Insurance carriers today realize that benefits enrollment can be significantly enhanced through the use of innovative approaches that incorporate new technologies. Particularly when it comes to enrolling in voluntary benefits, providers now understand that participation rates and consumer engagement can be greatly improved by applying key principles of consumer behavior and psychology to the enrollment process.

What’s driving the market?

Currently, economic and financial pressures in the U.S. are creating stress for employees across companies of all sizes. It’s clear that American workers have never been at greater risk. Consider that almost 70 percent of employees have no income protection, according to the Consumer Federation of America (CFA), and that 76 percent of consumers live paycheck to paycheck.

In addition, a 2013 Retirement Confidence Survey showed that half of all households could not raise $2,000 within a month if they needed to. And with the average medical deductible now more than $1,000, according to the Kaiser Family Foundation’s 2013 Employer Health Benefits Survey, employees need to be careful about how they will spend their benefits dollars to protect themselves and those they love.

Unfortunately, decisions about insurance and financial products are among the most difficult for consumers, according to a 2008 study by Yale University. With so many benefits choices available to them, many employees are simply overwhelmed. In addition, many lack the necessary information needed for informed decision-making and don’t know where to turn.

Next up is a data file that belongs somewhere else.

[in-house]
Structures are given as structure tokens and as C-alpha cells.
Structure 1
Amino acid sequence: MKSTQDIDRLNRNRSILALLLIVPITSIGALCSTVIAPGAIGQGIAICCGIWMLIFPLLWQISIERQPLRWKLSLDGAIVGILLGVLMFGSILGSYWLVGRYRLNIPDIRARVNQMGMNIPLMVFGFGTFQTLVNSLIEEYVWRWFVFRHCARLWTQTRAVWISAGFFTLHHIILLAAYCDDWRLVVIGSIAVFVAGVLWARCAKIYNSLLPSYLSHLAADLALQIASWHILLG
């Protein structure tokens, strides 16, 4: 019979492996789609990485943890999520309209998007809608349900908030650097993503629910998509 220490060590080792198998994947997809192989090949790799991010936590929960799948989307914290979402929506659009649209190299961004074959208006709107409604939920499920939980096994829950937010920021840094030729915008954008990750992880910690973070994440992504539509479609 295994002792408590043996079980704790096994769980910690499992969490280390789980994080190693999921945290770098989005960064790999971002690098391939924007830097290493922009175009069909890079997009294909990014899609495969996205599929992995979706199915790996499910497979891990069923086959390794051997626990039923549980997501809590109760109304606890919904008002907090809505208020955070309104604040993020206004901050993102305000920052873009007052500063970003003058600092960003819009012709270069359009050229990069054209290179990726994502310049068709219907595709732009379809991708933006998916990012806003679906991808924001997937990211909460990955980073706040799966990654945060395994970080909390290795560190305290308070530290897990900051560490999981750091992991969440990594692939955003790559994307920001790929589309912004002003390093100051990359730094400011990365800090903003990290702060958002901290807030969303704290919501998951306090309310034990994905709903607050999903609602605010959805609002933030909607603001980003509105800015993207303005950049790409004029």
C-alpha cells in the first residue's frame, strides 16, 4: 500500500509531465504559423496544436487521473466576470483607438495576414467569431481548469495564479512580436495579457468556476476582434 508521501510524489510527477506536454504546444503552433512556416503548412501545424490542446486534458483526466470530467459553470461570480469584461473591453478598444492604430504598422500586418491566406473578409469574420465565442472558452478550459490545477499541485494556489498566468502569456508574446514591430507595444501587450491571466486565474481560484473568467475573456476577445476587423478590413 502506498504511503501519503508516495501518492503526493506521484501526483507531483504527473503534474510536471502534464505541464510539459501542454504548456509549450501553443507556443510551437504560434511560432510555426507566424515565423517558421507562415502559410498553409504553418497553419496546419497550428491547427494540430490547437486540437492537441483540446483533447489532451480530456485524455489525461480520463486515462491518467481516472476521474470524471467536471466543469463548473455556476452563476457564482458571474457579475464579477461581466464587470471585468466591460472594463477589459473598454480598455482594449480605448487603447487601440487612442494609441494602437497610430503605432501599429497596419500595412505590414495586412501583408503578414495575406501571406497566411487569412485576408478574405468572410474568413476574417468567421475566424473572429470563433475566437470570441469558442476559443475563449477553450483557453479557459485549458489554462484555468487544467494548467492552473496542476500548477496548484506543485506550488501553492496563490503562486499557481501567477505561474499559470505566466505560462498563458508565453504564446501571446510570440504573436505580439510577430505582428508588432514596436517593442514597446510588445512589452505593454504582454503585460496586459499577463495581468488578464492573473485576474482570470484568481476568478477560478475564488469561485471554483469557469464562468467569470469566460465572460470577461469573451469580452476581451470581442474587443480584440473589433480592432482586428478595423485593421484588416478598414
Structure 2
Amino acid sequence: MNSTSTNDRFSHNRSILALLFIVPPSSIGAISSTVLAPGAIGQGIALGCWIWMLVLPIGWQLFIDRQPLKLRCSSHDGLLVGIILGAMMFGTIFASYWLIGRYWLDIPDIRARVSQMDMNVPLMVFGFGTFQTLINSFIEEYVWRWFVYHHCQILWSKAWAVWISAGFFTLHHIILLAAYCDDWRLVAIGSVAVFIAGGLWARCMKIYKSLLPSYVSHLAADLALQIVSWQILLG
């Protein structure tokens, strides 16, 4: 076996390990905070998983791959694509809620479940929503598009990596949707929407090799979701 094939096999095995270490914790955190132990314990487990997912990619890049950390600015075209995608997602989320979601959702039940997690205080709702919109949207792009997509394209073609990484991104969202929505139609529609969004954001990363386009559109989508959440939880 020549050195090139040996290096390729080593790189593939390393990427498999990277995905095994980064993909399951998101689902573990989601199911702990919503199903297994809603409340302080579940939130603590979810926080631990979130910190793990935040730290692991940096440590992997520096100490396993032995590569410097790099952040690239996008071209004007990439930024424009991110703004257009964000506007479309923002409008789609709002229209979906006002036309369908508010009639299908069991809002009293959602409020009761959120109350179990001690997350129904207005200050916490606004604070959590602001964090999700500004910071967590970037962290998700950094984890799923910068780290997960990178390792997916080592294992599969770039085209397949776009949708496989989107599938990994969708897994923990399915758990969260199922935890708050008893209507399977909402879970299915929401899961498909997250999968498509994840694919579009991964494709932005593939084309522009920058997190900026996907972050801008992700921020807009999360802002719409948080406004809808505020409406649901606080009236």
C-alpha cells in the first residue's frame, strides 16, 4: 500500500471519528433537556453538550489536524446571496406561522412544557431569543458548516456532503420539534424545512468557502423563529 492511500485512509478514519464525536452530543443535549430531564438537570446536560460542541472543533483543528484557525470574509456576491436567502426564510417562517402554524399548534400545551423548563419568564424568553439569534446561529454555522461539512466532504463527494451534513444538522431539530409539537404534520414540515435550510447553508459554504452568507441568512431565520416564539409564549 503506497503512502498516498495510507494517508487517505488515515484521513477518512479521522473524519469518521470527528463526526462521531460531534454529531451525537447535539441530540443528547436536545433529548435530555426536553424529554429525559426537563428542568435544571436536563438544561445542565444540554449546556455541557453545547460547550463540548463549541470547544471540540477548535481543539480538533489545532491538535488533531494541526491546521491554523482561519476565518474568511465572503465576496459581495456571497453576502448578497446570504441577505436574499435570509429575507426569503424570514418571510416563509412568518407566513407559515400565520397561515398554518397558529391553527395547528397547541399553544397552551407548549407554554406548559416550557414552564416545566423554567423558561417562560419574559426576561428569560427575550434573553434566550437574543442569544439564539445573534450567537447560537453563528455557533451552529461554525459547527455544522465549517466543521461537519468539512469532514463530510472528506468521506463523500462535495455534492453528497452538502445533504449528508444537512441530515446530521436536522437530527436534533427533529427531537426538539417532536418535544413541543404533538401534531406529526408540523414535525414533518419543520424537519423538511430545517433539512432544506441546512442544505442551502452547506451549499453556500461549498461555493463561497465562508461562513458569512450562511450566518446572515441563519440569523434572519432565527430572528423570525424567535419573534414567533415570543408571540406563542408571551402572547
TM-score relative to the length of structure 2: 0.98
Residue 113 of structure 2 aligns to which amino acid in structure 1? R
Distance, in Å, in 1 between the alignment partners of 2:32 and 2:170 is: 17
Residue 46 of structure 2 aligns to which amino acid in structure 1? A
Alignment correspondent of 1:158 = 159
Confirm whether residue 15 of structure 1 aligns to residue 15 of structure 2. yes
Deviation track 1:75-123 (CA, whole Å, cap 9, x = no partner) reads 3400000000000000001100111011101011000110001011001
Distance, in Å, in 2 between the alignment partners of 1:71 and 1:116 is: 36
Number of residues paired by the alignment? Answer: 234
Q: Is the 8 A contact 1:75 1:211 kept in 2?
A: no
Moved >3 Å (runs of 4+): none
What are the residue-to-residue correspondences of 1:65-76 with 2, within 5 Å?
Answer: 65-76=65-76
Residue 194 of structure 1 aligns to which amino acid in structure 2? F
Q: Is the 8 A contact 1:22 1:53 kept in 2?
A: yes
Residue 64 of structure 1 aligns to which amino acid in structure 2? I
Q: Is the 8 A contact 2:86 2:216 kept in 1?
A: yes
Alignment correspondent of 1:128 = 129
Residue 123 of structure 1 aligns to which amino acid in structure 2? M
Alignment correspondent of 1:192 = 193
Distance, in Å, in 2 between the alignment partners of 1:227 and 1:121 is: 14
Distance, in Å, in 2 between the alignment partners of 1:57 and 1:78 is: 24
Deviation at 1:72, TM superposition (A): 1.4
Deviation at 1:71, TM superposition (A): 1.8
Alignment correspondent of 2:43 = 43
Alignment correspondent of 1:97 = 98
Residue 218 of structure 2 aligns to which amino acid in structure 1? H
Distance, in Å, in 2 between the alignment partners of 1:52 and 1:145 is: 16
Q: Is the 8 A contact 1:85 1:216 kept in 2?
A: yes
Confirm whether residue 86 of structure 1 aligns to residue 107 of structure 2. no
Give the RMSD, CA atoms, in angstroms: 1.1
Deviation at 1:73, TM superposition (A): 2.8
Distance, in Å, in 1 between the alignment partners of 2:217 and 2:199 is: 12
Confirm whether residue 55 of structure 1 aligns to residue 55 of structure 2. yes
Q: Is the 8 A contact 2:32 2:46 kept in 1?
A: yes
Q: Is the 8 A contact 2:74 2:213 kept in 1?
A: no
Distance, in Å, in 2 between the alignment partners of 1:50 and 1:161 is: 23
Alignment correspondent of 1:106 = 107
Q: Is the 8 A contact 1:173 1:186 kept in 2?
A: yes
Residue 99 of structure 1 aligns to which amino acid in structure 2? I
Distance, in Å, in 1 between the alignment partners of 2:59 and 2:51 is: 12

The good news is that the workplace is a powerful distribution channel that, when used effectively, can be the “go to” source for all employee insurance purchases. In fact, according to Gen Re, 90 percent of long-term disability coverage is currently purchased at the workplace, and according to LIMRA’s 2014 Insurance Barometer Study, 78 percent of life insurance is also purchased at the workplace. For almost all of us, the workplace is the only place to access benefits and benefits information.

Helping employees make the right decisions

With companies increasingly shifting coverage decisions and costs to employees, employers are tasked with providing benefits and enrollment methods that resonate with their workforce. Fortunately, insurance carriers are committed to helping employers present information so that enrollment options are clear and simple.

Working together, providers and employers can become “choice architects” who recognize that consumer decisions greatly depend on how information and benefit choices are presented. These choice architects use key principles of how consumers learn and decide to help employees make the benefits choices that are right for them and their families, often overcoming our very human tendency to underestimate our own risk.